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Some plants provide winter interest with berries

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By Jeneen Wiche

This December has been a cold one thus far.   I don’t mind a gloomy day here or there, I actually find them some what restorative.  Too many in a row, though, can be sort of depressing. 

We all say we want winter interest, but sometimes we forget about it once spring rolls around and we get excited about a new season.

Have you selected things that will capture your eye in January?  Look out the window and tell yourself what you see and then take some notes.

 What window do you gaze out the most and where, in that view, would a colorful tree or shrub make the most difference?

Now, consider planting something with the best winter interest there is:  berries.  Berries come in all sorts of colors; and they will bring in wildlife to enjoy, as well.

From where I sit, I can look out the window and see a line of colorful crabapples decorated with burgundy, red, orange and yellow berries.  A red papa Cardinal stands out against the gray sky and enjoys a meal.

 This view brightens any dull winter mood.  At night the deer come in and clean up the fallen berries off the ground (which I enjoy as long as they don’t destroy other things!).

 I have a love-hate relationship with crabapples because they send up so many water sprouts (suckers from the roots and along branches), but when they bloom in the spring and provide berry color in the winter, they are redeemed.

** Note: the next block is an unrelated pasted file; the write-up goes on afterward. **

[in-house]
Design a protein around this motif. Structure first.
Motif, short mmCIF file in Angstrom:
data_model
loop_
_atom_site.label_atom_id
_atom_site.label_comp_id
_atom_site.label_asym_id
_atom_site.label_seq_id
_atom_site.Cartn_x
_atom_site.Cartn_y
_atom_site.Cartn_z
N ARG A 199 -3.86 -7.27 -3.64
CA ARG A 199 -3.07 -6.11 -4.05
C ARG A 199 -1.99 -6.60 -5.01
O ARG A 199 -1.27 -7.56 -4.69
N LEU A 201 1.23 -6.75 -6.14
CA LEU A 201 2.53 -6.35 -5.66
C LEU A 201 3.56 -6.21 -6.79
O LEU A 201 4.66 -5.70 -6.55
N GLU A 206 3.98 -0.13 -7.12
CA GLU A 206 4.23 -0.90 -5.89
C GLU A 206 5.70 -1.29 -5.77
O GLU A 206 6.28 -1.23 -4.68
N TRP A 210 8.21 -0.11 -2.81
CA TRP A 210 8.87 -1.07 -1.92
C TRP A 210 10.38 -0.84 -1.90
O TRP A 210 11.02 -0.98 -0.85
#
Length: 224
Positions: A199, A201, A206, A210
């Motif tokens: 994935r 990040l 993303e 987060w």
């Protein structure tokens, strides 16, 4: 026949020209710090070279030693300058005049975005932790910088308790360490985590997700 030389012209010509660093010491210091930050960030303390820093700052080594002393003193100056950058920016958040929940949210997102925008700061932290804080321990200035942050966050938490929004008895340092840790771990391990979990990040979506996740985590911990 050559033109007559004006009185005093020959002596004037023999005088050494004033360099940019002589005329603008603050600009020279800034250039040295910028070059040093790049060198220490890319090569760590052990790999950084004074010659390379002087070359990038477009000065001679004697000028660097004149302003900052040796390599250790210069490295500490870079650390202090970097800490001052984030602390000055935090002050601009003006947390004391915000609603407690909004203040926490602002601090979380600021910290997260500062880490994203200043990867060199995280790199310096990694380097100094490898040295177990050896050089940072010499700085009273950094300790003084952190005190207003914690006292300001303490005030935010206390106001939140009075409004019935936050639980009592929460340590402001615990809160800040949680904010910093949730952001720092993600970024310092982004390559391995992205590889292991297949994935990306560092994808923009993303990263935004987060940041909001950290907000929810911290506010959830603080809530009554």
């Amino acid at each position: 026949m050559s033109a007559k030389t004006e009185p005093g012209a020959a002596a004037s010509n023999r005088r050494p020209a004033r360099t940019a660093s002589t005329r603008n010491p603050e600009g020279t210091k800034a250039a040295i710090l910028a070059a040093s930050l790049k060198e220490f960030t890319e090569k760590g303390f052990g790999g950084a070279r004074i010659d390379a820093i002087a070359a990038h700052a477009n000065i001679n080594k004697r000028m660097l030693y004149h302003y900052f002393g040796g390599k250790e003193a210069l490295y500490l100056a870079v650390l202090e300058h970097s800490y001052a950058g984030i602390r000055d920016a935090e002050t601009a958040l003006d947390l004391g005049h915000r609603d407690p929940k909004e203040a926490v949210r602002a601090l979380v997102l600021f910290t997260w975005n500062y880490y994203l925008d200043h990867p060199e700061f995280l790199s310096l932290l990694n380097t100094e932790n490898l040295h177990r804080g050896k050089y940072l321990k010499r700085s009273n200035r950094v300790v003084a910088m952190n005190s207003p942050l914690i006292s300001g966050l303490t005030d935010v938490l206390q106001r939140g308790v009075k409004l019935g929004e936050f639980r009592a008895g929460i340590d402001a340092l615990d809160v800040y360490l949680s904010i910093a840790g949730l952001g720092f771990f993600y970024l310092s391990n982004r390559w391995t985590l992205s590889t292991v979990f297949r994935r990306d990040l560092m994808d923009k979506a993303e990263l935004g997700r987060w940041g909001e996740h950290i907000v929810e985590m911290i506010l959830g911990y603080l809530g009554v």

On the north side of the house, the Nandinas steal the show.  Nandinas are under appreciated, I think.

The common name “heavenly bamboo” suggests the nature of the stems and foliage but reveals little about the brilliant red panicles that top the shrub this time of the year.  Clusters of red berries against the bamboo-like (and evergreen) foliage provide great winter interest.   Each year I appreciate the landscape value of this plant a little more.

The American hollies in the corner of the yardhave a similar effect.  Their pyramidal shape and imposing stature just puts you in the holiday spirit.

The deep green, glossy foliage is the perfect canvas for an array of colorful berries.  American holly cultivars come in red, orange and gold, so you can add a mix of colors to the landscape.

Be mindful, however, that female hollies provide the berries, and a male must to be in the vicinity to pollinate the females. So there will always be one in the mix that doesn’t provide a winter show – but know the important role he plays for those who do!

The deciduous hollies are situated in a mass planting in front of an evergreen backdrop.  These hollies are rather nondescript during the growing season: small green leaves flag the twiggy clump of stems.

But once the leaves drop, the show begins because we are left with a twiggy clump covered in berries, literally, from top to bottom.

The berries of the deciduous holly persist through the winter the longest.  Birds do not start to enjoy a meal until late winter so we get the show a bit longer.

These, too, are male and female.  Some bloom early, mid and late season, so select varieties accordingly so you have a male and female that compliment each other. 

 

The nice thing about all of these plants is that they can be pruned a bit this time of the year.

 I have made some festive planters by simply sticking cuttings of holly, nandina and evergreen trimmings in the soil that once sustained summer annuals.

You don’t need to buy a plant just make your own out of winter trimmings from the garden.